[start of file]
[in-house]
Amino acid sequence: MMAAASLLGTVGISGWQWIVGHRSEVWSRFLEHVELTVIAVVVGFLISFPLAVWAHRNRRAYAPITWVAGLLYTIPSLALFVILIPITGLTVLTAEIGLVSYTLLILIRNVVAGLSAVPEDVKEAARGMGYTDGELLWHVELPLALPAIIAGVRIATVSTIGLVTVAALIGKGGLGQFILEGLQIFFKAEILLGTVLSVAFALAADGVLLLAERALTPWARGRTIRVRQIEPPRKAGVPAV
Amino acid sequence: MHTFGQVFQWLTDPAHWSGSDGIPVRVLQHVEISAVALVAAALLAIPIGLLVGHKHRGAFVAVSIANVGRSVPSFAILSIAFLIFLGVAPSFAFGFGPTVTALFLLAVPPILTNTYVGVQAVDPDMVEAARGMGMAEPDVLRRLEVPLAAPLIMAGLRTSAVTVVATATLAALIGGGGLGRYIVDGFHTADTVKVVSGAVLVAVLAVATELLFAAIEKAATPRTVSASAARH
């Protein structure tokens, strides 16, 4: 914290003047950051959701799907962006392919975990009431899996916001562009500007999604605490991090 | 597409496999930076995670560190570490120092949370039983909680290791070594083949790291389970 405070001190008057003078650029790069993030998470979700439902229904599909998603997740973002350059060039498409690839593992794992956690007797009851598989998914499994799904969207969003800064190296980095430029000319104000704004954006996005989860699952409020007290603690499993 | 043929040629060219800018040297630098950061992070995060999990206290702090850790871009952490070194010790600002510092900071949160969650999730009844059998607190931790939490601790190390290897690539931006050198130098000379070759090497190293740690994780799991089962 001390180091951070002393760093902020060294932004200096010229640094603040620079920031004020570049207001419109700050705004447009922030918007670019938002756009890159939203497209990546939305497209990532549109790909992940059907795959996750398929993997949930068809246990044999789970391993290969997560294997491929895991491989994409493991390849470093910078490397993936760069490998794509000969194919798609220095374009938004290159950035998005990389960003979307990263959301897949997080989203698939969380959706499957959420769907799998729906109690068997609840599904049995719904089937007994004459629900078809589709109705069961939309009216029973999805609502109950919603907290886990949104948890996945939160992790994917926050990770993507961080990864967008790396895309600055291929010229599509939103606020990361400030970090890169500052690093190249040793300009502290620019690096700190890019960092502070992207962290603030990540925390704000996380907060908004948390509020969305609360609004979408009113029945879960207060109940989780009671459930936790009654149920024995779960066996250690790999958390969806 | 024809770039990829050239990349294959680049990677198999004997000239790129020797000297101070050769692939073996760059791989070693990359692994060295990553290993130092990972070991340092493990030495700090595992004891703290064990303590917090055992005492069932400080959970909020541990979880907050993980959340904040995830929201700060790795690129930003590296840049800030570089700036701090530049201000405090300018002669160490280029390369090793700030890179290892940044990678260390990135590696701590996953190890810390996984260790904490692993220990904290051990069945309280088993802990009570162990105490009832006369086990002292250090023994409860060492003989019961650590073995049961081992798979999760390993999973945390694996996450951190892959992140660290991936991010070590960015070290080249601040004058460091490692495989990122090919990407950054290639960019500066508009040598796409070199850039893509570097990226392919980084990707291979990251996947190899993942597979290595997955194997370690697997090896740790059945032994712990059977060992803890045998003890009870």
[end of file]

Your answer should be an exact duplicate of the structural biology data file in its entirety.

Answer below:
[in-house]
Amino acid sequence: MMAAASLLGTVGISGWQWIVGHRSEVWSRFLEHVELTVIAVVVGFLISFPLAVWAHRNRRAYAPITWVAGLLYTIPSLALFVILIPITGLTVLTAEIGLVSYTLLILIRNVVAGLSAVPEDVKEAARGMGYTDGELLWHVELPLALPAIIAGVRIATVSTIGLVTVAALIGKGGLGQFILEGLQIFFKAEILLGTVLSVAFALAADGVLLLAERALTPWARGRTIRVRQIEPPRKAGVPAV
Amino acid sequence: MHTFGQVFQWLTDPAHWSGSDGIPVRVLQHVEISAVALVAAALLAIPIGLLVGHKHRGAFVAVSIANVGRSVPSFAILSIAFLIFLGVAPSFAFGFGPTVTALFLLAVPPILTNTYVGVQAVDPDMVEAARGMGMAEPDVLRRLEVPLAAPLIMAGLRTSAVTVVATATLAALIGGGGLGRYIVDGFHTADTVKVVSGAVLVAVLAVATELLFAAIEKAATPRTVSASAARH
């Protein structure tokens, strides 16, 4: 914290003047950051959701799907962006392919975990009431899996916001562009500007999604605490991090 | 597409496999930076995670560190570490120092949370039983909680290791070594083949790291389970 405070001190008057003078650029790069993030998470979700439902229904599909998603997740973002350059060039498409690839593992794992956690007797009851598989998914499994799904969207969003800064190296980095430029000319104000704004954006996005989860699952409020007290603690499993 | 043929040629060219800018040297630098950061992070995060999990206290702090850790871009952490070194010790600002510092900071949160969650999730009844059998607190931790939490601790190390290897690539931006050198130098000379070759090497190293740690994780799991089962 001390180091951070002393760093902020060294932004200096010229640094603040620079920031004020570049207001419109700050705004447009922030918007670019938002756009890159939203497209990546939305497209990532549109790909992940059907795959996750398929993997949930068809246990044999789970391993290969997560294997491929895991491989994409493991390849470093910078490397993936760069490998794509000969194919798609220095374009938004290159950035998005990389960003979307990263959301897949997080989203698939969380959706499957959420769907799998729906109690068997609840599904049995719904089937007994004459629900078809589709109705069961939309009216029973999805609502109950919603907290886990949104948890996945939160992790994917926050990770993507961080990864967008790396895309600055291929010229599509939103606020990361400030970090890169500052690093190249040793300009502290620019690096700190890019960092502070992207962290603030990540925390704000996380907060908004948390509020969305609360609004979408009113029945879960207060109940989780009671459930936790009654149920024995779960066996250690790999958390969806 | 024809770039990829050239990349294959680049990677198999004997000239790129020797000297101070050769692939073996760059791989070693990359692994060295990553290993130092990972070991340092493990030495700090595992004891703290064990303590917090055992005492069932400080959970909020541990979880907050993980959340904040995830929201700060790795690129930003590296840049800030570089700036701090530049201000405090300018002669160490280029390369090793700030890179290892940044990678260390990135590696701590996953190890810390996984260790904490692993220990904290051990069945309280088993802990009570162990105490009832006369086990002292250090023994409860060492003989019961650590073995049961081992798979999760390993999973945390694996996450951190892959992140660290991936991010070590960015070290080249601040004058460091490692495989990122090919990407950054290639960019500066508009040598796409070199850039893509570097990226392919980084990707291979990251996947190899993942597979290595997955194997370690697997090896740790059945032994712990059977060992803890045998003890009870």